Some people on biologic drug therapy might experience an allergic reaction or even anaphylactic shock, a severe, potentially life-threatening allergic reaction. Research finds that allergic reactions and anaphylactic shock are more common with TNF inhibitors. Of these reactions, 86.4% were considered non-serious, 13.2% were serious, and 0.38% were fatal.

An allergic reaction to a biologic can cause rash and itchiness at the injection or infusion site. Some people might experience a full-body rash.

A severe reaction might cause swelling of the lips or throat and lead to breathing troubles. Reach out to your doctor if you think you are experiencing an allergic reaction to your biologic drug treatment.

Other side effects that biologics can cause include:

  • Fatigue
  • Weakness
  • Digestive symptoms, including diarrhea, constipation, nausea, or vomiting
  • Coughing
  • Vision problems
  • Numbness or tingling
  • Swelling of the hands or ankles
  • Headache

Your doctor can’t predict what side effects your biologic treatment might cause you. You should report to your doctor side effects for new treatments or new side effects that occur after you have been treating for some time.

Questions About Side Effects

While some side effects of biologics might seem scary or concerning, your doctor has reviewed the benefits and risks associated with biologic treatment for nr-axSpA, and they have determined that the drug’s benefits outweigh the risks.

Any questions and concerns about side effects should be directed to your doctor. Don’t stop any medicine without first talking to your doctor because discontinuing treatment abruptly can lead to unpleasant side effects or worsening of disease symptoms.

Getting Started

A biologic drug is likely to be a first-line treatment for axial spondyloarthritis, including nr-axSpA. Your doctor will discuss how biologic drug therapy can help you to manage nr-axSpA.

Before picking a biologic drug therapy to manage your symptoms, your doctor will want to determine if you are a candidate for a particular biologic. They will do this by making a full assessment of your health, which includes your medical history, a physical exam, blood work, imaging, and additional testing.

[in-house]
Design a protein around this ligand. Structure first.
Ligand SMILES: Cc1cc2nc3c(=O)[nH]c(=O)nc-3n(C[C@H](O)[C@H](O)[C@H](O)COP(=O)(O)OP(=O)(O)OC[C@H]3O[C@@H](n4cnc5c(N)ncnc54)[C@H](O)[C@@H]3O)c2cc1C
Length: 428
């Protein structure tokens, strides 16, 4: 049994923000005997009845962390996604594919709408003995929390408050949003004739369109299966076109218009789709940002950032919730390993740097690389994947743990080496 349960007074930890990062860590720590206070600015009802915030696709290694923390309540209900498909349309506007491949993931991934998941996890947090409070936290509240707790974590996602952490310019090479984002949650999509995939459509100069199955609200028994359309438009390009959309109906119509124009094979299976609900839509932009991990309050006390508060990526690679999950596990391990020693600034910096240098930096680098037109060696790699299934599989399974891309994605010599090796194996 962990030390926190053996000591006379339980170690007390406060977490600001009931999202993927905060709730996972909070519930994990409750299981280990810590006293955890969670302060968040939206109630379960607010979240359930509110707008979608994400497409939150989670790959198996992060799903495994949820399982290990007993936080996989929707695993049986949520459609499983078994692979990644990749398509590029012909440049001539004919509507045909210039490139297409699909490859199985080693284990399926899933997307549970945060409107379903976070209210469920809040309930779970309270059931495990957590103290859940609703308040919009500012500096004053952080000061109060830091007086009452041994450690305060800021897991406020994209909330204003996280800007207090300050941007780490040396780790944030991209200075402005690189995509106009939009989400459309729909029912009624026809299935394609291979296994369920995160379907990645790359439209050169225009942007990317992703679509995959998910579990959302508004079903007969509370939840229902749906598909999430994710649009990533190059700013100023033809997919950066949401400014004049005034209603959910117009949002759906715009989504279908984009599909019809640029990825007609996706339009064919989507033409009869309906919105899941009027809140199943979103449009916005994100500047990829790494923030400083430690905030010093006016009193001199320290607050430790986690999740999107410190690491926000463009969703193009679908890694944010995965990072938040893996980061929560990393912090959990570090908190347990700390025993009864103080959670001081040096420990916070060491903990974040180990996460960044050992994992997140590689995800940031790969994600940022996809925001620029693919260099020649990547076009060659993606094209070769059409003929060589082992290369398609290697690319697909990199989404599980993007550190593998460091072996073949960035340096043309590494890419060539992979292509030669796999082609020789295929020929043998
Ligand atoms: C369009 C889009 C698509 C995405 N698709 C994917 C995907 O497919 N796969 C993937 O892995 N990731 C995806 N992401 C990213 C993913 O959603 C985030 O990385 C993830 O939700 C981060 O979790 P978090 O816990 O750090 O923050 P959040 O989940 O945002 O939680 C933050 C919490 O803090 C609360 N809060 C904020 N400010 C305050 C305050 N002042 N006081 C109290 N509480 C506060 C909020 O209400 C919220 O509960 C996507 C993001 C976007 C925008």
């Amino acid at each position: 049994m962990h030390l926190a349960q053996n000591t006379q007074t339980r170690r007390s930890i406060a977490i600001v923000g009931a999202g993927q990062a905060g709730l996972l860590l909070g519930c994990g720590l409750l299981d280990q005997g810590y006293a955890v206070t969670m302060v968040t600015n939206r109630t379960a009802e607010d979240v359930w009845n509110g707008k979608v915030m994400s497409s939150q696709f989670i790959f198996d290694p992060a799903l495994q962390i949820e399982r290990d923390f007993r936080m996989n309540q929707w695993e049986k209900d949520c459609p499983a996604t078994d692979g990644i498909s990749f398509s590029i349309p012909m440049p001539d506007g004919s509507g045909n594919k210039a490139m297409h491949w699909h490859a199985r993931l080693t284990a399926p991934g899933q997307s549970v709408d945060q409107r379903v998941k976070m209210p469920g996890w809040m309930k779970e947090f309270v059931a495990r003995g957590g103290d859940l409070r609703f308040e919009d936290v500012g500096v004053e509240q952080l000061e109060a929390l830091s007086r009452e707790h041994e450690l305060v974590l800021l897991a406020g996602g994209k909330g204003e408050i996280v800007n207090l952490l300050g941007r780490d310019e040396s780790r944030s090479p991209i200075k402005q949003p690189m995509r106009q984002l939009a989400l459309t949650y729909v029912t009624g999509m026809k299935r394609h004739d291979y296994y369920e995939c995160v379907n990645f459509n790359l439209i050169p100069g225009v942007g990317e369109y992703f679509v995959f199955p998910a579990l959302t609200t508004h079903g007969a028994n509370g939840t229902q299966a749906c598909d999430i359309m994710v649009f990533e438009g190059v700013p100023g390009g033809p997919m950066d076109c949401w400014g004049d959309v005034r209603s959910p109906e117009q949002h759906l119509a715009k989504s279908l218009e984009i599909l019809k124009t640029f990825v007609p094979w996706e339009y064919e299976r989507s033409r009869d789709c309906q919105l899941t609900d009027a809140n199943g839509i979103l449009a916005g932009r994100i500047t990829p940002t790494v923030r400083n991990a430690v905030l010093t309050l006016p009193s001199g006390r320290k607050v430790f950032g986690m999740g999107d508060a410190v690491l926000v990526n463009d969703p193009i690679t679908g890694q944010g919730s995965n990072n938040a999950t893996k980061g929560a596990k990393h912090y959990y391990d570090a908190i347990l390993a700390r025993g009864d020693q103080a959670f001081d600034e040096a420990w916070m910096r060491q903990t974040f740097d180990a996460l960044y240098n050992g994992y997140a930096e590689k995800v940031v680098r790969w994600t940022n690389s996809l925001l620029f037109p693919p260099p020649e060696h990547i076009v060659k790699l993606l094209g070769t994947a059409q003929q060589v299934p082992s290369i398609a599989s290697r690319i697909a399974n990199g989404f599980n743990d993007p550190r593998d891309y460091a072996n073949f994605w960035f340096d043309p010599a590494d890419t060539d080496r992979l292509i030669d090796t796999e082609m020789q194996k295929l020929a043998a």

Your doctor also needs to know all the other medications you take, including vitamins and supplements. Some medicines and supplements shouldn’t be taken with biologics because taking them together could lead to a drug interaction. A drug interaction changes the way a drug works or it can increase the risk and severity of side effects.

Anyone who is sick should hold off on starting a biologic. This is because biologic treatment suppresses your immune system, which could increase your infection risk.

You will be screened for certain infections, including tuberculosis, before starting a new biologic. Your doctor may also suggest you get all necessary vaccines before starting a biologic drug.

You should also talk to your doctor about your risk for certain types of cancer. Some biologic drugs have been linked to skin cancers and lymphoma. This increased risk doesn’t mean you should avoid biologic drug therapy for nr-axSpA. Rather, it means your doctor will monitor your cancer risk while you are treating with a biologic.

Summary

Biologic medications for non-radiographic axial spondyloarthritis aim to reduce inflammation by targeting specific aspects of the inflammatory process. Cimzia, Taltz, and Cosentyx have been approved to treat the condition. They are given by injection. Side effects include an increased risk of infection and possible allergic reactions.

Frequently Asked Questions

Can I afford biologics to treat nr-axSpA?

Biologics can cost anywhere from $10,000 to $30,000 a year. Your healthcare insurance will sometimes cover most of the cost, but you might still have significant out-of-pocket costs.

Fortunately, many drug manufacturers offer patient assistance programs that can reduce cost and improve access to therapies needed to treat your nr-axSpA. Your doctor's office might be able to offer additional information about help with drug costs.

For example, they may have information about a clinical drug trial where the medication would be available at no cost to you. Or they might have information about patient assistance programs for people without insurance or for people who have insurance that doesn't cover expensive therapies.

How long before I feel better?

Nr-axSpA symptom improvement takes time. It could take three or more months before you start to experience less inflammation and pain from nr-axSpA.

If you have been treating with a biologic for at least three months and see little or no improvement, reach out to your doctor. You may need a different dosage, an additional treatment, or a different biologic to better manage nr-axSpA.

How is nr-axSpA diagnosed?

Your doctor will want to know what symptoms you are experiencing and will order blood work. They will also rely on magnetic resonance imaging (MRI) to confirm a diagnosis of nr-axSpA. MRIs can detect inflammation of the sacroiliac joints of the pelvis before there are bone changes on X-rays.

If the MRI and blood work are inconclusive, a diagnosis of nr-axSpA can be made and treatments can be prescribed based on your symptoms and other disease characteristics if those meet the criteria of the Assessment of Spondyloarthritis International Society for nr-axSpA.